“I still find each day too short for all the thoughts I want to think, all the walks I want to take, all the books I want to read, and all the friends I want to see.”
There is one problem that I cannot seem to solve: time will not slow down. Two weeks ago, I found this so alarming that I simply laid on my floor for hours in a desperate attempt to stop time. Not only did this fail to change the Earth’s course, but I became even more tuned in to the day’s revolution as I watched the room steadily darken. So I got up, finished my day and arrived at class the next day wholly unsatisfied with the weekend’s length.
This problem embeds itself most ruthlessly in my life during the school year; in the summer, I can easily escape via a spontaneous camping trip or hike. There, I can revel in simplicity and nature like the hippie that inhabits my soul. There, I can engage in hour-long conversations about the brevity of our existence. There, I can stop time.And the next day, I can escape reality again. I can explore hidden trails for miles atop an animal that understands my deeply rooted need for freedom. On horseback, I can fly.But at the end of these three glorious months, the same thing always happens. School always returns. And the weeks become monotonous steps in the gateway to conformity. I doze through science classes, eat tolerable dining hall food and evade the general population. By the time night arrives, I find schoolwork too mundane to capture my attention and avoid it in hopes that I can feed my intellect with information more vital to my entity. Every weekday brings routine and–for many months–an omnipresent drizzle.
My only release comes when I step outside and face the limits of my mental and physical capability. Because when I do this, when I run, I feel alive. I feel connected to the world and to the basic human condition. And even amid the muddiest and hardest runs, it feels like summer. Plus I get to explore trails like this. And 85 minutes running these hills feels eons longer than 85 minutes in biology lab.
I find my freedom here so I can live without fear that I am missing something big, something meaningful that should reveal itself in society’s ingrained conventions. Because I know that right now, my classes do not exist to inundate my day with significance; they exist to teach me to think. And if I can think, then I can observe and experience the world with intent.
Time may not slow down, but summer will return, and when it does, I can marvel once again at sights like this:And that beauty is anything but ephemeral.
One month into my freshman year of Catholic high school, I stood eating goldfish in a crowded hallway with my newest friends. We were amid a ten-minute break and the conversation had begun to run thin; each orange cracker placed in my mouth allowed me a few more seconds of socially acceptable silence. Though I knew one friend from middle school, the rest were entirely from that month and we had not yet bridged the defining stage of friendship: inside jokes.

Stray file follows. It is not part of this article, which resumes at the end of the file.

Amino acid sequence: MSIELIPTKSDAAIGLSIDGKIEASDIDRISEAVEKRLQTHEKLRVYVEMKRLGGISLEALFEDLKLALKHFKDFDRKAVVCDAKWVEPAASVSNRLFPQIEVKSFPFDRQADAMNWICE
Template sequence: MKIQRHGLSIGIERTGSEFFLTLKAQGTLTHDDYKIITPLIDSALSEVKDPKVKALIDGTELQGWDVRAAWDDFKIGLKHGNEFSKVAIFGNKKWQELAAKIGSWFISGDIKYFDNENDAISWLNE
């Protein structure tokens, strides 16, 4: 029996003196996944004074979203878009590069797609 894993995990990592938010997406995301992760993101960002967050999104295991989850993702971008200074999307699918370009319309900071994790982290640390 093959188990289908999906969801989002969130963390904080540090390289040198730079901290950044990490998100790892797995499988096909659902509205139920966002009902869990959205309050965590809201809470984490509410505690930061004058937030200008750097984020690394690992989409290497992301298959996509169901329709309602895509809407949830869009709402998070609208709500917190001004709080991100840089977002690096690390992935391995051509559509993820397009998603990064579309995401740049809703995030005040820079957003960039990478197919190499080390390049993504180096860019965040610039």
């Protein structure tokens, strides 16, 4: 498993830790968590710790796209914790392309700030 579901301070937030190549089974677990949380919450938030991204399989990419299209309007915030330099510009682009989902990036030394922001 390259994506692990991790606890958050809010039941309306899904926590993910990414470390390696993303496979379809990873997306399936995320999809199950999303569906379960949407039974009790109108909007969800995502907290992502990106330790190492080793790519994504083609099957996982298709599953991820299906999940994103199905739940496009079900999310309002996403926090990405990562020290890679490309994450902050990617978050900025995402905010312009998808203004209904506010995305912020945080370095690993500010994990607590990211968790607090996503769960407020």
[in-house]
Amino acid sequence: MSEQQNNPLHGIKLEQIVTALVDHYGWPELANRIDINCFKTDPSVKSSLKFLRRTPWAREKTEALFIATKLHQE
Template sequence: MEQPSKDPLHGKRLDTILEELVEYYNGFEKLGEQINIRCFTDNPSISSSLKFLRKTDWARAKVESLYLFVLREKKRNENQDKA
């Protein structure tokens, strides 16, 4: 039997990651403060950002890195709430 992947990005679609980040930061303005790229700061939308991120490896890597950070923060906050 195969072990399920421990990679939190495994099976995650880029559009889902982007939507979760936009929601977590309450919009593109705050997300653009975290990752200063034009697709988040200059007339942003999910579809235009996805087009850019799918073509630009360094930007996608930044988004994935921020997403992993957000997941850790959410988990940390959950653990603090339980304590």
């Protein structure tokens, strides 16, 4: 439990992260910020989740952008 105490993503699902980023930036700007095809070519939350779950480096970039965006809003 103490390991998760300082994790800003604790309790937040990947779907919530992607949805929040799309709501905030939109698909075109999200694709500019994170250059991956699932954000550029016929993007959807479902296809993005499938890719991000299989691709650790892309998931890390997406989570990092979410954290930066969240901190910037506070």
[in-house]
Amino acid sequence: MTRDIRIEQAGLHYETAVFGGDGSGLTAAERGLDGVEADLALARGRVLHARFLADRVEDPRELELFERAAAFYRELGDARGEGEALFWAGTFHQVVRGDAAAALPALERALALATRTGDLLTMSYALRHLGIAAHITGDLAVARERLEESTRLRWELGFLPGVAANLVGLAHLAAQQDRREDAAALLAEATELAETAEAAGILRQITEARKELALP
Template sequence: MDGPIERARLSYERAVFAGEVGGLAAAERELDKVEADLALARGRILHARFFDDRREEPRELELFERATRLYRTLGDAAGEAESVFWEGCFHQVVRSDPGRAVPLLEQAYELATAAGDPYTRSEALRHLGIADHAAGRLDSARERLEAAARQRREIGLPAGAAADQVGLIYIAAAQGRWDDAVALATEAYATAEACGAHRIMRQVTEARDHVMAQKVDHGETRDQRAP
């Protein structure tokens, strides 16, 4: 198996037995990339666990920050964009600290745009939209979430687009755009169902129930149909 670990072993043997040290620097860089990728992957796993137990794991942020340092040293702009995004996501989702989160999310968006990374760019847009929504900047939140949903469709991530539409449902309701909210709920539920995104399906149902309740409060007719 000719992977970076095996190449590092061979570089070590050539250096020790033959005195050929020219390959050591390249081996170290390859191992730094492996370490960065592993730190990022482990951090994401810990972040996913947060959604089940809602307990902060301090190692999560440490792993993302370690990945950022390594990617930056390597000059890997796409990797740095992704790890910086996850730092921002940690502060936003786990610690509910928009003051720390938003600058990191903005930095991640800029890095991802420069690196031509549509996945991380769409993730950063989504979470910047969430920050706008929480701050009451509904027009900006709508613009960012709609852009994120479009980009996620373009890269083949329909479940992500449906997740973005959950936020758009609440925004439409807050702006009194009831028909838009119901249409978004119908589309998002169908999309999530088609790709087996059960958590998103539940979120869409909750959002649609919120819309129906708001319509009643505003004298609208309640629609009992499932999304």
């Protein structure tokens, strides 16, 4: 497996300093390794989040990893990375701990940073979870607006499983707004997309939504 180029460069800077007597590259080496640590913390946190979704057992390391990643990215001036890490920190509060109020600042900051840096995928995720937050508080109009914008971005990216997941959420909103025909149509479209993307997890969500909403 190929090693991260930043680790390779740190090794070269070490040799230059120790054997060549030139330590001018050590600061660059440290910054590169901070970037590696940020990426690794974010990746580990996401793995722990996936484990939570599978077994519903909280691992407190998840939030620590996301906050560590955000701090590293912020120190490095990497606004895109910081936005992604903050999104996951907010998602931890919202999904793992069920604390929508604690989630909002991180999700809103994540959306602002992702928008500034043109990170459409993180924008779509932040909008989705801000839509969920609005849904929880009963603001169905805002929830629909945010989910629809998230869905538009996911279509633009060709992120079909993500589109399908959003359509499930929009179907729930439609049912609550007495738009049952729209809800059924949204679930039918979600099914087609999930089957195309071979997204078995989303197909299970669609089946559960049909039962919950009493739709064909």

After several long minutes of bearably awkward freshman conversation, one particularly enthusiastic friend whipped out her phone to capture my goldfish-eating moment and simultaneously asked for my number. Midway through typing my name, she paused and slowly raised her head to look at me. Noting her wild gaze, I immediately ceased movement and, with a lone goldfish hovering in my hand, awaited her next move.
“Monica,” she said. “Moooonica. MOON-ica. What if someone asked you to prom and said, ‘I’ll jump over the MOON for you?!’” We locked eyes in silence for several seconds until she abruptly deleted what she had typed and replaced it with what would forever become my nickname in that emerging friend group.
Since that fateful day, no one has asked me to a dance saying they would jump over the moon for me, and most people do not even call me Moon, but the name still feels essential to my friendships and, in small part, my identity. Plus I think the real moon is pretty freaking rad and the mere concept of space and the universe spirals me into an existential tizzy every time it comes up. Fundamentally, I feel connected enough to that gray sphere to make it 50% of this blog’s title.
The other 50% comes from the entire purpose for this blog. Since starting college I have felt freer to choose my own adventure than when I first read Goosebumps books as a child. Now I can write my own chapters and go back to the start when I need and even keep moving forward when the first adventure should end. My capacity for curiosity and exploration is endless, my quest for meaning and purpose is uninhibited and my desire for universal justice is unchanging.
This blog is essentially my attempt to release my thoughts to the world and create something meaningful.
This may emerge through opinions or stories or pictures but it will always reflect my fundamental belief in equality and it will always parallel my struggle to make sense of the world. I cannot predict how this story will end, but the adventure begins now.